Ministers are being urged by the Association of Convenience Stores to explain to MPs how proposals contained in the Anti-Social Behaviour, Policing and Crime Bill will not lead to fewer prosecutions of shop theft offences.
The Bill, which will be debated by MPs for the first time today, contains a clause (clause 133) that seeks to change the status of any shop theft where the value of goods stolen amounts to less than £200 to a ‘summary’ offence; thereby removing the prospect of the case being heard in Crown Court.
The ACS has explained that if passed, this change in the law would mean that shop theft offences would be dealt with in the same way as many road traffic offences. Shop theft cases (below £200) could only be referred to a Magistrates Court and the processing would be handled by the Police without the involvement of the Crown Prosecution Service.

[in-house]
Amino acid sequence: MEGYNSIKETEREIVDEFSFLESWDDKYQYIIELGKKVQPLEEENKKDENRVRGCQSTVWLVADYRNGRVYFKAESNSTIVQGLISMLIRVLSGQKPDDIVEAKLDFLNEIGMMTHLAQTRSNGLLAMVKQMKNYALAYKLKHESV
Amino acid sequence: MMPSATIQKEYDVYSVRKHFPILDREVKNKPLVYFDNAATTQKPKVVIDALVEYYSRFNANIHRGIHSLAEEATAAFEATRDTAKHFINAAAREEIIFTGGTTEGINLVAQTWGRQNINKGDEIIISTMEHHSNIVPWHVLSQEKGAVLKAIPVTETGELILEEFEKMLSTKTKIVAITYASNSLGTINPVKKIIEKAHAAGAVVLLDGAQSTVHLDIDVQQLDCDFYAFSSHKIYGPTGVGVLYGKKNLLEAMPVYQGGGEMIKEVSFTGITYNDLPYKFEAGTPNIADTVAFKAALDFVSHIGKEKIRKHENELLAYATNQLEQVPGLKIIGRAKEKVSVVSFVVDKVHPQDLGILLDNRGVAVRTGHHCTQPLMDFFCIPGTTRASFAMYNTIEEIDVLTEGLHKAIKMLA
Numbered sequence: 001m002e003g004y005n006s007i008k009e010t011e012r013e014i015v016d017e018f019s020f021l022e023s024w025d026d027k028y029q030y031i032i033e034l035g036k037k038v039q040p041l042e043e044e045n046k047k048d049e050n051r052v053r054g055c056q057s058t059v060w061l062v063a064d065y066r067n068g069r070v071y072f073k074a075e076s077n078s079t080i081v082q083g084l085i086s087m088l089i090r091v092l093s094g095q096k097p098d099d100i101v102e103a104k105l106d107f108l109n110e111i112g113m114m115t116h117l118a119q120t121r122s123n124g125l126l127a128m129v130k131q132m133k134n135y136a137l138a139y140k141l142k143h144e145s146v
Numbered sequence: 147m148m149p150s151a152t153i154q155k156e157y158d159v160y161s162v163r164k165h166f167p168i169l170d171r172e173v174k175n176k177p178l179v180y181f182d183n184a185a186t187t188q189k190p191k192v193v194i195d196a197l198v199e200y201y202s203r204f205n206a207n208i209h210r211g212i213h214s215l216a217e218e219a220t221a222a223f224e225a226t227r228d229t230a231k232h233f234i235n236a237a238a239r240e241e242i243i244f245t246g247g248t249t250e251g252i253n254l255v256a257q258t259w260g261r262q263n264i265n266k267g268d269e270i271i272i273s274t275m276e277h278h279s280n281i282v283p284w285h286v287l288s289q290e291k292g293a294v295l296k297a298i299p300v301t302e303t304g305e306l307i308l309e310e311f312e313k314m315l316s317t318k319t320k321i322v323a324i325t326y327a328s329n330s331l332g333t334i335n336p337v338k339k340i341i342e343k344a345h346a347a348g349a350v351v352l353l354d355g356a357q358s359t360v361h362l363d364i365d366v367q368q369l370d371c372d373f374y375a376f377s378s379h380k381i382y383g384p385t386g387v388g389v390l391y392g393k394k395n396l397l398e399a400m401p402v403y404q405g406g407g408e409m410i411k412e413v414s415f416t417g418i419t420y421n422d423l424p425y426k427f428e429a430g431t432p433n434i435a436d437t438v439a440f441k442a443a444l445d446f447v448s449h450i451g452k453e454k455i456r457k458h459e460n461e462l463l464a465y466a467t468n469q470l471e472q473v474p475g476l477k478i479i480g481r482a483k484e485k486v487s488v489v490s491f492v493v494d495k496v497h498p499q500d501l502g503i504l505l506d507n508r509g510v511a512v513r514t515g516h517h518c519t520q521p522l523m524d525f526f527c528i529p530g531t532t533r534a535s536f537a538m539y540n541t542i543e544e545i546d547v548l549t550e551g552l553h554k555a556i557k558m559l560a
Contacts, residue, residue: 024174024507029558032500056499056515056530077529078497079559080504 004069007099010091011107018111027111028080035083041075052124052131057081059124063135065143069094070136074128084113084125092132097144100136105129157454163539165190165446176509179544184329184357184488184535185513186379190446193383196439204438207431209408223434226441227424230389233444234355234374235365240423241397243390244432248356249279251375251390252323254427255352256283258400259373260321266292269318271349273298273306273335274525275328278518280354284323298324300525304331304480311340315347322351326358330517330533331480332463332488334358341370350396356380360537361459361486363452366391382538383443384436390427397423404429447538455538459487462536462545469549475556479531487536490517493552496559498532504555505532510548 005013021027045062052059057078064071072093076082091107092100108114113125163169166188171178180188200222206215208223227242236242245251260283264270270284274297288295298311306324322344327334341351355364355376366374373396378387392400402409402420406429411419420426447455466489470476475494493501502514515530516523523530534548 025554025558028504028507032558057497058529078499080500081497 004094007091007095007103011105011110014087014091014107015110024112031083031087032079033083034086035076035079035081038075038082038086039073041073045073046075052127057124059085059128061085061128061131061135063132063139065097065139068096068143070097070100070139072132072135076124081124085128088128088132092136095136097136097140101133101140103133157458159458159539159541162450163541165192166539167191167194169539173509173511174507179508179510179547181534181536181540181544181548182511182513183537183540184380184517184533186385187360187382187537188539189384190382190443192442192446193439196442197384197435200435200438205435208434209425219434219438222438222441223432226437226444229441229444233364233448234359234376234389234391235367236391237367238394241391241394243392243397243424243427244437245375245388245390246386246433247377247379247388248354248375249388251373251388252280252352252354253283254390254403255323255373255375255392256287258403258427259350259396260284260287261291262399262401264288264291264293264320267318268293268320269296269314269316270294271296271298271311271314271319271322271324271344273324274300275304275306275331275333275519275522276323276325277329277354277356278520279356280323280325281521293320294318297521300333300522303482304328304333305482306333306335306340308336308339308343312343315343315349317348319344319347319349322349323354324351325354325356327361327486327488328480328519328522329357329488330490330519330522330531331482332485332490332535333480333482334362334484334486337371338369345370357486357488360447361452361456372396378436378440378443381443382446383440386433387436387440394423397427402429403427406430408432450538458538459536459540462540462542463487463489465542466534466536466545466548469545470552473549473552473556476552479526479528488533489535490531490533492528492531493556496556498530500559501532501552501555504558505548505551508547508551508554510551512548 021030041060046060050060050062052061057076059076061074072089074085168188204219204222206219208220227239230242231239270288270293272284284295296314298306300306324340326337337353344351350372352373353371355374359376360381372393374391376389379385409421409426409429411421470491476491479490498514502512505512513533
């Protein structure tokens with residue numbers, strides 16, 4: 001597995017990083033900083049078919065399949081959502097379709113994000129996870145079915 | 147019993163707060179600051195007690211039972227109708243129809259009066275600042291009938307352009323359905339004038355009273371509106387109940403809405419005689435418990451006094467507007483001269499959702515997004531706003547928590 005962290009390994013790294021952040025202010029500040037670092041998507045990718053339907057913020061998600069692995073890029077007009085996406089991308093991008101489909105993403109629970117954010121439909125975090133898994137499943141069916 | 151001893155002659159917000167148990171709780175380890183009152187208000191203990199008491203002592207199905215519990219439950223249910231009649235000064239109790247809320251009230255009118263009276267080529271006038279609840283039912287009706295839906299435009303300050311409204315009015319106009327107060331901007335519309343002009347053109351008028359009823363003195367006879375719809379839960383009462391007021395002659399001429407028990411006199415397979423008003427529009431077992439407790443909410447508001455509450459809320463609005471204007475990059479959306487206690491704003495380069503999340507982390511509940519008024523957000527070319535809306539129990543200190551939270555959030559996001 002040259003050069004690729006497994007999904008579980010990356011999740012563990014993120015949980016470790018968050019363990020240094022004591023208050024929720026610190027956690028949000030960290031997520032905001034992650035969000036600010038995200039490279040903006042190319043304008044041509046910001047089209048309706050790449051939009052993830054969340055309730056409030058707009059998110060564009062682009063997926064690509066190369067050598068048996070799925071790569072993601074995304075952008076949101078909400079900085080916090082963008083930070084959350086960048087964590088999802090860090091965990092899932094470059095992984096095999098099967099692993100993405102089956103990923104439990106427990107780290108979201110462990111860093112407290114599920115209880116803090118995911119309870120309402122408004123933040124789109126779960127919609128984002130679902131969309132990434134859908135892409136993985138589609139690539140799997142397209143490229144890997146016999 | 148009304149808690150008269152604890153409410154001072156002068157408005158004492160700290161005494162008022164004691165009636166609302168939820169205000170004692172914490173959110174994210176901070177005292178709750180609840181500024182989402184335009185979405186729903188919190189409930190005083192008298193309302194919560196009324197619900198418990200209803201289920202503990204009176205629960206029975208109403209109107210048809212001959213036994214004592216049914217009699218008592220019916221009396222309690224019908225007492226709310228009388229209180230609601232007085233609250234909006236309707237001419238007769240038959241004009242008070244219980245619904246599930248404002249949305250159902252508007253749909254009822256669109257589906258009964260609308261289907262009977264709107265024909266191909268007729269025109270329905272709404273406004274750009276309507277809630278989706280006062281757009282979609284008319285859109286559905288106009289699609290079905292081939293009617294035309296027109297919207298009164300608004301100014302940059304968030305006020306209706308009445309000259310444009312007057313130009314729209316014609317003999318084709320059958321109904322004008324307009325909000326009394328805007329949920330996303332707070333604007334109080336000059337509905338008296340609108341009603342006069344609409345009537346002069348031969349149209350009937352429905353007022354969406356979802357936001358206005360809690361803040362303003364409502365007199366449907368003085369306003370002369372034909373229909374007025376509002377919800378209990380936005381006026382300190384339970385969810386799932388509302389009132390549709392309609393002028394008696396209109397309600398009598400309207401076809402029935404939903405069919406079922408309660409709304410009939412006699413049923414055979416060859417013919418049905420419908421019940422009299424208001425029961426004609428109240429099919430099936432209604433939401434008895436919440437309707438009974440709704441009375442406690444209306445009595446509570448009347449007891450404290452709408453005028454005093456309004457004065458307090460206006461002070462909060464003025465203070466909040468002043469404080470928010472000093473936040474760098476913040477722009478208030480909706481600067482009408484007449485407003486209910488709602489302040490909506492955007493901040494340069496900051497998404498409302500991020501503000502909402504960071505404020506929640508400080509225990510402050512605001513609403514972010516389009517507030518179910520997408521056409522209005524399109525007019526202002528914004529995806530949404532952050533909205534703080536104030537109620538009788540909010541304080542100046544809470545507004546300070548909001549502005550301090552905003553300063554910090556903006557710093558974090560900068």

The proposal has left retailers concerned that it will lead to a reduction in the number of shop theft cases that will be dealt with by the courts and an overall reduction in the perceived seriousness of the crime.
James Lowman, ACS chief executive, said: “Shop theft is a serious crime, usually perpetrated by repeat offenders, and must be taken seriously by the judicial system.
“We are very concerned that this significant change in the law has been brought forward at the last minute without thorough consultation with retailers. We are seeking urgent reassurances from Ministers that this clause will not lead to a reduction in the number of shop theft offences presented to Court.
“We are asking MPs to make clear their opposition to any change in the law that reduces the perceived seriousness of shop theft.”